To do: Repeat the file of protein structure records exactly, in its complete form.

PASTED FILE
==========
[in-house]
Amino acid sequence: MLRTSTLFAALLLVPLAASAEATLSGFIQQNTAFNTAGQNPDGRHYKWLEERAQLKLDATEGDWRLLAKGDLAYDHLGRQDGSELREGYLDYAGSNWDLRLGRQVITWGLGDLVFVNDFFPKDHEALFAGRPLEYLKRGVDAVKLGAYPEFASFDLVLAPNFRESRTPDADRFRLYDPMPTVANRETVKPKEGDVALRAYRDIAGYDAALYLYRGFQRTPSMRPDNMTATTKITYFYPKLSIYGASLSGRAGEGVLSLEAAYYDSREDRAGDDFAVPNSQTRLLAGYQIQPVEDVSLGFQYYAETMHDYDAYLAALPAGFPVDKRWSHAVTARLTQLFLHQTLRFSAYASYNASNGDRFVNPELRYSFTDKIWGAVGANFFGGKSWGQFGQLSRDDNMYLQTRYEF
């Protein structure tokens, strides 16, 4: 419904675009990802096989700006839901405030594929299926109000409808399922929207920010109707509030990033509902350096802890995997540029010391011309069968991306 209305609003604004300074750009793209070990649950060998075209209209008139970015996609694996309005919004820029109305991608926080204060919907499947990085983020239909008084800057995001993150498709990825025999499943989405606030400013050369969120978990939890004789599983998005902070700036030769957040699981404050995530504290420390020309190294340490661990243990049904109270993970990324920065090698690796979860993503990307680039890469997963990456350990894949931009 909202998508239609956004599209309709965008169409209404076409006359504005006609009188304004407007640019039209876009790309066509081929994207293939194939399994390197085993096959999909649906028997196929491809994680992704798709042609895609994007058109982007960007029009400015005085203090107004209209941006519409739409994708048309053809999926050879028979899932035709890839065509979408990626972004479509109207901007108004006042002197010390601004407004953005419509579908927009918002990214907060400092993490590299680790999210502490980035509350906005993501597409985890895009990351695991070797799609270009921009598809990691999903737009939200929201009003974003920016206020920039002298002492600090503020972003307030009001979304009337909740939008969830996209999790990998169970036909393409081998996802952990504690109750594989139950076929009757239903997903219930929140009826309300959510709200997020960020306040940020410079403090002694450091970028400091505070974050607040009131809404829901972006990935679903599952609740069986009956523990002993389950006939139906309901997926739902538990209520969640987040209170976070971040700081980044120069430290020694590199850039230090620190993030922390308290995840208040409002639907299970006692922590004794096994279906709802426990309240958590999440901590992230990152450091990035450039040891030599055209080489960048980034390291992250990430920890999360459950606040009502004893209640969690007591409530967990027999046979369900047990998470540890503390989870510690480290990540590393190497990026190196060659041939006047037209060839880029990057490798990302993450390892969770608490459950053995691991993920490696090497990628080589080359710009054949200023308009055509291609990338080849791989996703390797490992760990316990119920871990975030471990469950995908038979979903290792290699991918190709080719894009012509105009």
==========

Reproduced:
[in-house]
Amino acid sequence: MLRTSTLFAALLLVPLAASAEATLSGFIQQNTAFNTAGQNPDGRHYKWLEERAQLKLDATEGDWRLLAKGDLAYDHLGRQDGSELREGYLDYAGSNWDLRLGRQVITWGLGDLVFVNDFFPKDHEALFAGRPLEYLKRGVDAVKLGAYPEFASFDLVLAPNFRESRTPDADRFRLYDPMPTVANRETVKPKEGDVALRAYRDIAGYDAALYLYRGFQRTPSMRPDNMTATTKITYFYPKLSIYGASLSGRAGEGVLSLEAAYYDSREDRAGDDFAVPNSQTRLLAGYQIQPVEDVSLGFQYYAETMHDYDAYLAALPAGFPVDKRWSHAVTARLTQLFLHQTLRFSAYASYNASNGDRFVNPELRYSFTDKIWGAVGANFFGGKSWGQFGQLSRDDNMYLQTRYEF
């Protein structure tokens, strides 16, 4: 419904675009990802096989700006839901405030594929299926109000409808399922929207920010109707509030990033509902350096802890995997540029010391011309069968991306 209305609003604004300074750009793209070990649950060998075209209209008139970015996609694996309005919004820029109305991608926080204060919907499947990085983020239909008084800057995001993150498709990825025999499943989405606030400013050369969120978990939890004789599983998005902070700036030769957040699981404050995530504290420390020309190294340490661990243990049904109270993970990324920065090698690796979860993503990307680039890469997963990456350990894949931009 909202998508239609956004599209309709965008169409209404076409006359504005006609009188304004407007640019039209876009790309066509081929994207293939194939399994390197085993096959999909649906028997196929491809994680992704798709042609895609994007058109982007960007029009400015005085203090107004209209941006519409739409994708048309053809999926050879028979899932035709890839065509979408990626972004479509109207901007108004006042002197010390601004407004953005419509579908927009918002990214907060400092993490590299680790999210502490980035509350906005993501597409985890895009990351695991070797799609270009921009598809990691999903737009939200929201009003974003920016206020920039002298002492600090503020972003307030009001979304009337909740939008969830996209999790990998169970036909393409081998996802952990504690109750594989139950076929009757239903997903219930929140009826309300959510709200997020960020306040940020410079403090002694450091970028400091505070974050607040009131809404829901972006990935679903599952609740069986009956523990002993389950006939139906309901997926739902538990209520969640987040209170976070971040700081980044120069430290020694590199850039230090620190993030922390308290995840208040409002639907299970006692922590004794096994279906709802426990309240958590999440901590992230990152450091990035450039040891030599055209080489960048980034390291992250990430920890999360459950606040009502004893209640969690007591409530967990027999046979369900047990998470540890503390989870510690480290990540590393190497990026190196060659041939006047037209060839880029990057490798990302993450390892969770608490459950053995691991993920490696090497990628080589080359710009054949200023308009055509291609990338080849791989996703390797490992760990316990119920871990975030471990469950995908038979979903290792290699991918190709080719894009012509105009």